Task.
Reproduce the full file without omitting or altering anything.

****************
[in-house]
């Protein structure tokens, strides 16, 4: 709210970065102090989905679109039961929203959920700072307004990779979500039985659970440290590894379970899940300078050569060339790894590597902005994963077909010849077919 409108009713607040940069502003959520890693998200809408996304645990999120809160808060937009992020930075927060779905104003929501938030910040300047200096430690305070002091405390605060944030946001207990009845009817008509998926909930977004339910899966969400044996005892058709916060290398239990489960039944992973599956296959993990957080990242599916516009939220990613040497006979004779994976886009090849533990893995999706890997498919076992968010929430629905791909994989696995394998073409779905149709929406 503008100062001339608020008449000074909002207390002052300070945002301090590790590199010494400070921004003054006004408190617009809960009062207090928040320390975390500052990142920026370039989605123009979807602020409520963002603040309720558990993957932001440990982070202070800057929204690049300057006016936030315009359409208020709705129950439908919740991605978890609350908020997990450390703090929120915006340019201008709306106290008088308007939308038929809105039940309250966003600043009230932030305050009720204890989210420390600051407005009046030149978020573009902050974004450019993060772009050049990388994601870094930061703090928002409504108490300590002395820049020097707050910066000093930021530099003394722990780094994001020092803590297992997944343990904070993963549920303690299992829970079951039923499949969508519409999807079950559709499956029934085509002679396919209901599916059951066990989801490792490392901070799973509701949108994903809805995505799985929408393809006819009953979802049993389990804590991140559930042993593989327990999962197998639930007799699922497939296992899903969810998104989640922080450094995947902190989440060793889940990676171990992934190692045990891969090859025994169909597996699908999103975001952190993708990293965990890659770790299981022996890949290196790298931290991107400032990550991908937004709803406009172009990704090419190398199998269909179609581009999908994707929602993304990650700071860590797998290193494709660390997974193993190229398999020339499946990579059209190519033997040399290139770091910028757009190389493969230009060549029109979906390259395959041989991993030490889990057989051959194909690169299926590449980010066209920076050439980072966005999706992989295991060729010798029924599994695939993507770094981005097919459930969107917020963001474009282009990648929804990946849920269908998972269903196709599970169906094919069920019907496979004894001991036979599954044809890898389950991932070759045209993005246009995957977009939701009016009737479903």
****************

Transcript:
[in-house]
């Protein structure tokens, strides 16, 4: 709210970065102090989905679109039961929203959920700072307004990779979500039985659970440290590894379970899940300078050569060339790894590597902005994963077909010849077919 409108009713607040940069502003959520890693998200809408996304645990999120809160808060937009992020930075927060779905104003929501938030910040300047200096430690305070002091405390605060944030946001207990009845009817008509998926909930977004339910899966969400044996005892058709916060290398239990489960039944992973599956296959993990957080990242599916516009939220990613040497006979004779994976886009090849533990893995999706890997498919076992968010929430629905791909994989696995394998073409779905149709929406 503008100062001339608020008449000074909002207390002052300070945002301090590790590199010494400070921004003054006004408190617009809960009062207090928040320390975390500052990142920026370039989605123009979807602020409520963002603040309720558990993957932001440990982070202070800057929204690049300057006016936030315009359409208020709705129950439908919740991605978890609350908020997990450390703090929120915006340019201008709306106290008088308007939308038929809105039940309250966003600043009230932030305050009720204890989210420390600051407005009046030149978020573009902050974004450019993060772009050049990388994601870094930061703090928002409504108490300590002395820049020097707050910066000093930021530099003394722990780094994001020092803590297992997944343990904070993963549920303690299992829970079951039923499949969508519409999807079950559709499956029934085509002679396919209901599916059951066990989801490792490392901070799973509701949108994903809805995505799985929408393809006819009953979802049993389990804590991140559930042993593989327990999962197998639930007799699922497939296992899903969810998104989640922080450094995947902190989440060793889940990676171990992934190692045990891969090859025994169909597996699908999103975001952190993708990293965990890659770790299981022996890949290196790298931290991107400032990550991908937004709803406009172009990704090419190398199998269909179609581009999908994707929602993304990650700071860590797998290193494709660390997974193993190229398999020339499946990579059209190519033997040399290139770091910028757009190389493969230009060549029109979906390259395959041989991993030490889990057989051959194909690169299926590449980010066209920076050439980072966005999706992989295991060729010798029924599994695939993507770094981005097919459930969107917020963001474009282009990648929804990946849920269908998972269903196709599970169906094919069920019907496979004894001991036979599954044809890898389950991932070759045209993005246009995957977009939701009016009737479903």